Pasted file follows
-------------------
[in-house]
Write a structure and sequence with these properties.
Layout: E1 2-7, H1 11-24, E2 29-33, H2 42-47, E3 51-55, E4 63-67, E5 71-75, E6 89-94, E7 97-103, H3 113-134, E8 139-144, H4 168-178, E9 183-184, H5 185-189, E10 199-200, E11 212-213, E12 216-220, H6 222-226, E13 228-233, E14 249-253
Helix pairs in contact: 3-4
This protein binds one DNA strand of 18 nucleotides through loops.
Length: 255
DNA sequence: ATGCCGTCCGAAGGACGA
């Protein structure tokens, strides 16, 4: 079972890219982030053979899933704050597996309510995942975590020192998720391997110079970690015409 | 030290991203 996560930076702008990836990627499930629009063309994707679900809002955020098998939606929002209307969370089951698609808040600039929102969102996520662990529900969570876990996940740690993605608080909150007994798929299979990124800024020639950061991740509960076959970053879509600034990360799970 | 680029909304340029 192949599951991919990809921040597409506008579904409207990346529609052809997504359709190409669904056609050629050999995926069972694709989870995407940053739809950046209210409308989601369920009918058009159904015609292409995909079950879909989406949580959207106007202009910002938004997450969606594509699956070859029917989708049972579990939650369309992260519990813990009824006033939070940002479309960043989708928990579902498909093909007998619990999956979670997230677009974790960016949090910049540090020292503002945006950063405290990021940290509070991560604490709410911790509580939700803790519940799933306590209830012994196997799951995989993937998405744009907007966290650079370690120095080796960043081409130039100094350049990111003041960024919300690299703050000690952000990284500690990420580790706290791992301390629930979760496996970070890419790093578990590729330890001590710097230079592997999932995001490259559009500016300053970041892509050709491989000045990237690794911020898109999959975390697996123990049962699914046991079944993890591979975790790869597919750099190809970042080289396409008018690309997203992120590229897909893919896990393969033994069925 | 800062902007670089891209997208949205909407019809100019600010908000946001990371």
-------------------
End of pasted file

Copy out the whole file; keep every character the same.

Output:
[in-house]
Write a structure and sequence with these properties.
Layout: E1 2-7, H1 11-24, E2 29-33, H2 42-47, E3 51-55, E4 63-67, E5 71-75, E6 89-94, E7 97-103, H3 113-134, E8 139-144, H4 168-178, E9 183-184, H5 185-189, E10 199-200, E11 212-213, E12 216-220, H6 222-226, E13 228-233, E14 249-253
Helix pairs in contact: 3-4
This protein binds one DNA strand of 18 nucleotides through loops.
Length: 255
DNA sequence: ATGCCGTCCGAAGGACGA
């Protein structure tokens, strides 16, 4: 079972890219982030053979899933704050597996309510995942975590020192998720391997110079970690015409 | 030290991203 996560930076702008990836990627499930629009063309994707679900809002955020098998939606929002209307969370089951698609808040600039929102969102996520662990529900969570876990996940740690993605608080909150007994798929299979990124800024020639950061991740509960076959970053879509600034990360799970 | 680029909304340029 192949599951991919990809921040597409506008579904409207990346529609052809997504359709190409669904056609050629050999995926069972694709989870995407940053739809950046209210409308989601369920009918058009159904015609292409995909079950879909989406949580959207106007202009910002938004997450969606594509699956070859029917989708049972579990939650369309992260519990813990009824006033939070940002479309960043989708928990579902498909093909007998619990999956979670997230677009974790960016949090910049540090020292503002945006950063405290990021940290509070991560604490709410911790509580939700803790519940799933306590209830012994196997799951995989993937998405744009907007966290650079370690120095080796960043081409130039100094350049990111003041960024919300690299703050000690952000990284500690990420580790706290791992301390629930979760496996970070890419790093578990590729330890001590710097230079592997999932995001490259559009500016300053970041892509050709491989000045990237690794911020898109999959975390697996123990049962699914046991079944993890591979975790790869597919750099190809970042080289396409008018690309997203992120590229897909893919896990393969033994069925 | 800062902007670089891209997208949205909407019809100019600010908000946001990371």